Sam Williams, regional partner for Garrington, an independent property finding company, said there are plenty of places where the Cambridges can fit in should they choose to look at private properties.

She said: "Their biggest concern is going to be privacy and security and that's why the royals tend to flock to the Windsor Royal Park.

"If they were to look at private properties and they want space, they will have to head out of town, for example to west Berkshire, where the Duchess's family live.

"There are plenty of places where they would be able to pop into the local shops or pubs without raising an eyebrow.

"There are many large properties around the area, but whatever level of the market you're looking at, there is a severe shortage at the moment."

A ceiling of gilded dolphins was added to the main bedroom, along with a rope decoration from the Royal George yacht and a Greco-Egyptian fireplace.

It has its own scandalous history too.

It was home to Royal Air Force Captain Peter Townsend, a former Battle of Britain pilot, who moved in with his wife Rosie Marchioness Camden in 1945.

After the pair divorced in 1952, he proposed to Princess Margaret.

However, the Queen – under pressure from the Government and the Church of England – refused to give permission for her to marry, under the Royal Marriages Act 1772.

Most recently, it was occupied by Simon Rhodes, son of the Queen's cousin and best friend Margaret Rhodes, who died in 2016.

The Cambridges could visit the Queen unseen by the public, by way ofthe property's seven gated entrances and exits to Windsor Castle.

Peaceful refuge

Another option could be Frogmore House, not to be confused with Harry and Meghan's former home, nearby Frogmore Cottage, which is now home to Princess Eugenie's young family.

Like the Cottage, it was also named after the population of frogs living in the marshy land.

This 17th century Grade I building is just a half-mile hop, skip and jump from Windsor Castle.

Its first occupant was George FitzRoy, 1st Duke of Northumberland, the illegitimate son of Charles II and Barbara Palmer, 1st Duchess of Cleveland. She continued to live there after the Duke's death in 1716, until 1738.

George III bought it for Queen Charlotte in 1792.

She used it as a refuge from the hectic life of royal court. There, she and her unmarried daughters would enjoy such leisurely pastimes as needlework, painting and reading.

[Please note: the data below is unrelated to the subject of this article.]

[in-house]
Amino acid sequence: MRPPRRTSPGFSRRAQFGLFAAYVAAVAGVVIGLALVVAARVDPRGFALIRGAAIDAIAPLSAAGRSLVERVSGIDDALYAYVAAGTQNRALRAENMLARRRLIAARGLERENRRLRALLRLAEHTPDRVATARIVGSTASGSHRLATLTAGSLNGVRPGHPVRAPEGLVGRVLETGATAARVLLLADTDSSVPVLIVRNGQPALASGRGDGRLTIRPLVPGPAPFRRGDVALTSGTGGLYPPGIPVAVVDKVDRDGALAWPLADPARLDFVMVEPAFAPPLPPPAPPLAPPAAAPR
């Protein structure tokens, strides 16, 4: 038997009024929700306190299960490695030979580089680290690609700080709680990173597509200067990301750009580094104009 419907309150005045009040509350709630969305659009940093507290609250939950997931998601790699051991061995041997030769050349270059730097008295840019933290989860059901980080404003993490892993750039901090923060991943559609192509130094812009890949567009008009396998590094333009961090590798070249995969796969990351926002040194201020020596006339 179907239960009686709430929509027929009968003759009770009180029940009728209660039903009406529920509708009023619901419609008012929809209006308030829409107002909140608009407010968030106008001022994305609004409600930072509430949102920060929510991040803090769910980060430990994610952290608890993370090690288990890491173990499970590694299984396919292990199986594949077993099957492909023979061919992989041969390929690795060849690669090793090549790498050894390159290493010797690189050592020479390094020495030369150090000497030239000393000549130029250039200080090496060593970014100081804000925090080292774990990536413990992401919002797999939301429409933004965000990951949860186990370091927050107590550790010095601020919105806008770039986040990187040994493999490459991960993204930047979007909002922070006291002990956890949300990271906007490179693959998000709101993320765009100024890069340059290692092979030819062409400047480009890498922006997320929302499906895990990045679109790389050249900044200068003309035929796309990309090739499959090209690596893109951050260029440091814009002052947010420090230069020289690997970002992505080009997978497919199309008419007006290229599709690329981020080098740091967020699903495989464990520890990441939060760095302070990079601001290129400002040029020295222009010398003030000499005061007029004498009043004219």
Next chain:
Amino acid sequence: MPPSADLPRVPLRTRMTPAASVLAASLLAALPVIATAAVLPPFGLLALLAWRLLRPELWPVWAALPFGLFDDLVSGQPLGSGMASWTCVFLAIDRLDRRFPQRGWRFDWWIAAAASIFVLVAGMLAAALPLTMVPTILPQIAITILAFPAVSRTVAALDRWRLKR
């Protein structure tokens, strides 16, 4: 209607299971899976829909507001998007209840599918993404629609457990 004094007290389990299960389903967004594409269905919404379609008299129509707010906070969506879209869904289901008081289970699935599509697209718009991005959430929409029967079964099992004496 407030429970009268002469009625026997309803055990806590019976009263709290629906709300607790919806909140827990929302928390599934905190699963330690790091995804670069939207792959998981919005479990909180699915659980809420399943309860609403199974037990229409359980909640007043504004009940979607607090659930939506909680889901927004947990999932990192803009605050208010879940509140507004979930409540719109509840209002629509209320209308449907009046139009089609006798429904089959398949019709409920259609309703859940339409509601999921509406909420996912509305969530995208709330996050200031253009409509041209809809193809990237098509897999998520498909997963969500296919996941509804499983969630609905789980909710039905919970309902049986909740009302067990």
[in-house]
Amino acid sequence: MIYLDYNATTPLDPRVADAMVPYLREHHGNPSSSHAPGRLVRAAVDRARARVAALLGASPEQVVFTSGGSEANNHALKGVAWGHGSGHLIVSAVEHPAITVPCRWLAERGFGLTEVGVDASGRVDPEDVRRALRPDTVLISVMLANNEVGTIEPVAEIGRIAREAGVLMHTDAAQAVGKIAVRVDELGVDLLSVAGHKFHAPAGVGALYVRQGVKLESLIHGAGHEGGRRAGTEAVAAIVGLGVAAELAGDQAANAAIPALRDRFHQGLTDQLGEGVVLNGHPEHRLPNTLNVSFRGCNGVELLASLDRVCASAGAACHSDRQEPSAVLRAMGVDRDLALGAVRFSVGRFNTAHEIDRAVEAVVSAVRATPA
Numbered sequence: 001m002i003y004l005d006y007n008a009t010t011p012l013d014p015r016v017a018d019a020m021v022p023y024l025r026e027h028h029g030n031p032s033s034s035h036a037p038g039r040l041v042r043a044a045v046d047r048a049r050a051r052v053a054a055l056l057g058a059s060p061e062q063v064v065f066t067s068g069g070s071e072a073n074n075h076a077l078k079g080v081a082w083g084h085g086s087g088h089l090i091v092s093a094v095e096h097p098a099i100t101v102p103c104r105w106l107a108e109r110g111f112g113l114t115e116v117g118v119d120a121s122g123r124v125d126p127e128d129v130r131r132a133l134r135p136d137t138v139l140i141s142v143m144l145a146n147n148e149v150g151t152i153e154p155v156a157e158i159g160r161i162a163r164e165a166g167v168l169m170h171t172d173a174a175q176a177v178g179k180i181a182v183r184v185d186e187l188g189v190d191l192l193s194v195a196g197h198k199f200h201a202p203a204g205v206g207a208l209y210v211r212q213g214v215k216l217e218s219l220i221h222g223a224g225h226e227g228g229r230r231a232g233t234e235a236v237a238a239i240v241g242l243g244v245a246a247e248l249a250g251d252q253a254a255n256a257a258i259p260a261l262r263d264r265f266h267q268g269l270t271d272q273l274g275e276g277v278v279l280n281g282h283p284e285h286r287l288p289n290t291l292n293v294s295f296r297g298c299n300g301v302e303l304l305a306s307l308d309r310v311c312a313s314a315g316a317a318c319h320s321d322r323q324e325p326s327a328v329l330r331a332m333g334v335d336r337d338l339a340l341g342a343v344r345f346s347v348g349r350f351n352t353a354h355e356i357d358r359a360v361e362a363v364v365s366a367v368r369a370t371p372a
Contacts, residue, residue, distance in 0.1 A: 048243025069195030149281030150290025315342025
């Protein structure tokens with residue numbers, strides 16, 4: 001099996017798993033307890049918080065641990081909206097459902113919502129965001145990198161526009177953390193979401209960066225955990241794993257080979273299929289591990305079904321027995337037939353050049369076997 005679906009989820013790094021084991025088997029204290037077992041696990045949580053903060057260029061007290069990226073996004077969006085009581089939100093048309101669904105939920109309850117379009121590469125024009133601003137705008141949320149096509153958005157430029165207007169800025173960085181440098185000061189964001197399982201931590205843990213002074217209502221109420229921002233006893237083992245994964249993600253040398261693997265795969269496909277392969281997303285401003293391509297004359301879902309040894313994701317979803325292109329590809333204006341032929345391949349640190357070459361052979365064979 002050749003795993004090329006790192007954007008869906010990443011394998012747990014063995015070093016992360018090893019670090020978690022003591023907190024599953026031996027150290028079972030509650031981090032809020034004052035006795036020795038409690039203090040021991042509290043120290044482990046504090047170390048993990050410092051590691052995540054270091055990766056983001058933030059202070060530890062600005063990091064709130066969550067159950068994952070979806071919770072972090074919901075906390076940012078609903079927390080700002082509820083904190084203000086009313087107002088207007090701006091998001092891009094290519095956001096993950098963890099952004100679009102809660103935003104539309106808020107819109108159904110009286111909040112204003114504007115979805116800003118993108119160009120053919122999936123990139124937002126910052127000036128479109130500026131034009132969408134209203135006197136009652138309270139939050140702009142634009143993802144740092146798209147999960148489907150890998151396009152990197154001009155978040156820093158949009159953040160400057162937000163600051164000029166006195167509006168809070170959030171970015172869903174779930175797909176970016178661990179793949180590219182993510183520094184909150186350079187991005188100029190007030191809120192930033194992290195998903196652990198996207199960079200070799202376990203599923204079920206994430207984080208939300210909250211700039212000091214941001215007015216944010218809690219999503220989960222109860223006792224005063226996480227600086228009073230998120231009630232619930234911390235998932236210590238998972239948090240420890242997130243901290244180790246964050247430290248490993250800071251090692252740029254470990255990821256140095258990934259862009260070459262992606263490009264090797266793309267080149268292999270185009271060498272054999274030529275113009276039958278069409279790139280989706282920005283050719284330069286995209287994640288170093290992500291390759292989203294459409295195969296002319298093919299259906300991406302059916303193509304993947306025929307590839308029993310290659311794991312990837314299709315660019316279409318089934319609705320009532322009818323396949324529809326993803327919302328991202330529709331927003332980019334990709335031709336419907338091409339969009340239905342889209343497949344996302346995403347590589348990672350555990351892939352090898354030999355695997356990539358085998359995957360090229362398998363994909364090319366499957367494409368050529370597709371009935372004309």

Queen Victoria's great-grandson Louis Mountbatten, 1st Earl Mountbatten of Burma, was born on the estate in 1900. It would be a fitting home for Prince Louis, who was named after him.

The late Duke of Edinburgh fitted out the Britannia room with mementos from the Royal Yacht after it was decommissioned.

It underwent a £2.5million renovation in the late 1980s.

It's also home to Victoria and Albert's mausoleum. The couple wanted their own special resting place, rather than being buried alongside other Royals in Westminster Abbey or St George's Chapel, Windsor.

Prince Andrew's pad

The Queen also owns the 30-bed Royal Lodge, but it's unlikely disgraced son Prince Andrew will give it up.

He has the rather unconventional situation of living there with his ex-wife Sarah Ferguson, although it's so vast, they can have their own quarters.

Besides, she calls themselves the "happiest divorced couple in the world".

The Queen Mother lived there for over 70 years and died at Royal Lodge with the Queen at her side.

Since then, Andrew – who settled a sex abuse case earlier this year – has spent £7.5million on renovating the place.

It boasts an indoor swimming pool and an additional eight separate properties or staff.

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The three Cambridge children would enjoy playing in Y Bwythyn Bach – or The Little Cottage – a gift from Wales to the Queen in 1932.

The miniature thatched cottage has served as the official royal playhouse for generations.